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The New Arab

The Egypt Report: Playing the blame game

Date of publication: 8 November, 2017

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Last week saw the Egyptian regime reeling over the assassination of 16 policemen in the Western Desert.

The details of the October 20 attack are still vague with conflicting reports over the number of casualties. The Egyptian government quickly retaliated, reporting that it had avenged its security personnel, killing "a large number of terrorist elements".

On the heels of the attack came a reshuffle of the security apparatus' top tier, with President Sisi replacing Mahmoud Hegazy with Mohammed Farid Hegazy as Chief of Staff of the Armed Forces. The backlash to Mahmoud Hegazy's demotion carried the weight of the week's anger over what appeared to be gross security breaches unaddressed by the regime.

In an unprecedent display of disapproval, Hegazy's son took to social media affirming that his father was "above" any title or post. Days earlier, key former heads of the regime and its security apparatus - including former prime minister Ahmed Shafiq and former Armed forces chief Sami Anan - also voiced their disapproval of the government's mismanagement of the Western Desert ambush, calling it "a betrayal".

#WeNeedToTalk

The time has come for yet another youth conference to be hosted by President Sisi. But unlike previous conferences this one is set to be an international affair. The advertised theme of the conference is #WeNeedToTalk.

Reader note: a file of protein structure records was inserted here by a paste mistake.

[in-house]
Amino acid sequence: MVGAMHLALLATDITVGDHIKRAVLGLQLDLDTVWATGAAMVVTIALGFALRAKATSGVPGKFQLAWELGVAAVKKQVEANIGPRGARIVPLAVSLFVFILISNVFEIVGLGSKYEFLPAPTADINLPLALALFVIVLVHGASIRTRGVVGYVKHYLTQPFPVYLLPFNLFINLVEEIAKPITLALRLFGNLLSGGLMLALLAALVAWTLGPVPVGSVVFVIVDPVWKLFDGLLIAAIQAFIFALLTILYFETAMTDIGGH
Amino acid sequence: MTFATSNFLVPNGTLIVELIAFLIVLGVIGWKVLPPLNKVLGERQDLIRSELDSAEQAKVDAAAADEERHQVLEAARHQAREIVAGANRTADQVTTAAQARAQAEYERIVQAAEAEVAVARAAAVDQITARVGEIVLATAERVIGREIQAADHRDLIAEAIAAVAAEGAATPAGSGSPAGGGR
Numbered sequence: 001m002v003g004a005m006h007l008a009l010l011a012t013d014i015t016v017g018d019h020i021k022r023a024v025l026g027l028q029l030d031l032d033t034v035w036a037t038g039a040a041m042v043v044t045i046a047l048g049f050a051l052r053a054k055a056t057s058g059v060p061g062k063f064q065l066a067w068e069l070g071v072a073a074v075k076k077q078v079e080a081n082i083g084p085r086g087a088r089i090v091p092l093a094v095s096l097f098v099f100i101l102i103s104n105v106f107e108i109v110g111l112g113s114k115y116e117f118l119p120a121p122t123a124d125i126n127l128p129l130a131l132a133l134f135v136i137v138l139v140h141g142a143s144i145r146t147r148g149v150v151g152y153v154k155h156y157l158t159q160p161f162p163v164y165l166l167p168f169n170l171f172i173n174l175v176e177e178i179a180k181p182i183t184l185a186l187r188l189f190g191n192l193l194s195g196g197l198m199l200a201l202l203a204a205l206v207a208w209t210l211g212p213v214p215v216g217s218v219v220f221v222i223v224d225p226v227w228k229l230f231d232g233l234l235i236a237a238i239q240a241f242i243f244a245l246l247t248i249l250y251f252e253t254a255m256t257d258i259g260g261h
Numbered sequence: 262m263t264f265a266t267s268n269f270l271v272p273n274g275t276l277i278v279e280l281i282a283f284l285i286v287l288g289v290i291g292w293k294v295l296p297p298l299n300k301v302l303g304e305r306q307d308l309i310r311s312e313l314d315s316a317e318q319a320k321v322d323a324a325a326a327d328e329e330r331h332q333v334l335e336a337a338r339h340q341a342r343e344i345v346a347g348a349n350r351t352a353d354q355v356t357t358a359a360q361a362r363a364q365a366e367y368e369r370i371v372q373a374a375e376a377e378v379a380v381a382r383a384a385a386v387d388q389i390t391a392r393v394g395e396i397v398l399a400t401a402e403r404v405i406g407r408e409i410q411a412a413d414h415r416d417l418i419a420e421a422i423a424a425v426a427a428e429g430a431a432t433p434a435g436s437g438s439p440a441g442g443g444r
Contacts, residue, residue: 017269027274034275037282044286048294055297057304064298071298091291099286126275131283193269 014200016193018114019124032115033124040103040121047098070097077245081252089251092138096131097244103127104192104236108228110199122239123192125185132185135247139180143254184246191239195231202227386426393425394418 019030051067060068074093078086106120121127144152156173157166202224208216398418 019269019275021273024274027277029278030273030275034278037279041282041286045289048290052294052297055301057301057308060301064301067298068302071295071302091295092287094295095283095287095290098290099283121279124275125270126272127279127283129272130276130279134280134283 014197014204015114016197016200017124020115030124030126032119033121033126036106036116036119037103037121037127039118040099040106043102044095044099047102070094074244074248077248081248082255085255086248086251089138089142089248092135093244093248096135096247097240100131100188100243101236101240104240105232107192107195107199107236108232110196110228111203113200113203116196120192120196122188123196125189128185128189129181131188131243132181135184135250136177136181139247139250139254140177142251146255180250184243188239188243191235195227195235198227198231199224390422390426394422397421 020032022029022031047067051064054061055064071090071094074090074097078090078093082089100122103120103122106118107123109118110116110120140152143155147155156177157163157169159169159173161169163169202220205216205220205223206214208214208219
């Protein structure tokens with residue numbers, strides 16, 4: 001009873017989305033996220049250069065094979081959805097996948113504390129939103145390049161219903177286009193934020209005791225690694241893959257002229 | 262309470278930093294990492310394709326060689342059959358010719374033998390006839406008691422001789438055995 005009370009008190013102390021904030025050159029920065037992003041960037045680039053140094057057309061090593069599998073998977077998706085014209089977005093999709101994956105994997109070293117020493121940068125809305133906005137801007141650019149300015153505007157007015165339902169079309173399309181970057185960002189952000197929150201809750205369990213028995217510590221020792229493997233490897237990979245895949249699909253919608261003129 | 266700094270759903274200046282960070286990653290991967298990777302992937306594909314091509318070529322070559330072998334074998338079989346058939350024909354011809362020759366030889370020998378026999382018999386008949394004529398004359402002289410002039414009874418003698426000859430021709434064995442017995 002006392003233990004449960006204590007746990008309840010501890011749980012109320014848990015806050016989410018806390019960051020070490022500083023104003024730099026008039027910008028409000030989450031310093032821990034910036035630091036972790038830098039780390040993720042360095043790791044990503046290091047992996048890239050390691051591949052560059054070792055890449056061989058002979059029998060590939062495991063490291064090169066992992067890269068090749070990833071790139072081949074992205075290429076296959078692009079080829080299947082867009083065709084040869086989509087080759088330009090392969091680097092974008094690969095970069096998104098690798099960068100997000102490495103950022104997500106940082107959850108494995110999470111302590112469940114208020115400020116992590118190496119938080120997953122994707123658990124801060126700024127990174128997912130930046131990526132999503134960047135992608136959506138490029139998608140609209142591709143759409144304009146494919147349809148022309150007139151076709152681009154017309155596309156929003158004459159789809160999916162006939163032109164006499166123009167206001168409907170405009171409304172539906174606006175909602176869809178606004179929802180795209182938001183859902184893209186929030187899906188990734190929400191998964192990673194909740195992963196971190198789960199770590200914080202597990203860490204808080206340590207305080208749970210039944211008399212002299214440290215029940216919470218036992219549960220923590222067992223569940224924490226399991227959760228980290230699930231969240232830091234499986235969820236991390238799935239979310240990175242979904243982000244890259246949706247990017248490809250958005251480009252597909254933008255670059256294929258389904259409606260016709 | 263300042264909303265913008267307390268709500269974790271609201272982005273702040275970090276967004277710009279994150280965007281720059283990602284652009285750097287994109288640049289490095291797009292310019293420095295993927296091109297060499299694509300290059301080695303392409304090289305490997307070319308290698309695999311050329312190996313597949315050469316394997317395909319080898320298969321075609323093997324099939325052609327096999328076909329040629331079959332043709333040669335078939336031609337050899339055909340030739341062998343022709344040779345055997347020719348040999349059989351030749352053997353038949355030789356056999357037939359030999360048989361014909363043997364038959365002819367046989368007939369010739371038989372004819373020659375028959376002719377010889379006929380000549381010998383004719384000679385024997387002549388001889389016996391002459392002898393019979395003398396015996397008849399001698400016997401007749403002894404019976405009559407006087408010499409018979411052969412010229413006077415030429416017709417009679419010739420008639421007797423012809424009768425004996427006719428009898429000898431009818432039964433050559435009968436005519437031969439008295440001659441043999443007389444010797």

The announcement of the hashtag set Egyptian social media ablaze - but not as Cairo may have hoped. Egypt's Twitterati soon hijacked the hashtag with images and descriptions of the Egyptian regime's abuses against its youths for speaking out.

In a not-so-ironic turn of events, TV talk show host Doaa Salah was sentenced to three years in prison only days after the conference was announced, for talking about sperm donation and sex outside of wedlock. The regime pushed back using celebrities including musicians, actors and football players to promote the conference - causing further backlash against those individuals as collaborators with the oppressive regime.

Egypt is facing an epidemic of human rights abuses the likes of which the country has not witnessed in decades - if ever. Human Rights Watch reported there are 60,000 political prisoners currently held in Egypt, a fact President Sisi completely denied during his visit to France in late October - leaving many activists puzzled.

Germany has in turn cancelled a training programme that was to be conducted by German police to help Egyptian counterparts fight cyber-terrorism. The German government said the termination of the agreement was due to concerns that Egyptian police could misuse the knowledge and crackdown on activists.


 

The Egyptian Pound has been floating for a year. On November 3, 2016, the Egyptian government unpegged its currency, aiming to achieve four main goals: First, to bring an end to black market currency. Second, lowering inflation. Third, achieving economic stability. Finally, establishing confidence in the economy to boost investment.

The effect of the devaluation? An official 98 percent decrease in the value of the Egyptian Pound to the US Dollar, bringing the price of $1 to 17.64LE. A doubling of inflation- from 14 percent in 2016 to 32.9 percent in September 2017. And a rise in foreign and national debt from 113.3 percent of GDP in 2016 to 124.7 percent of GDP in 2017.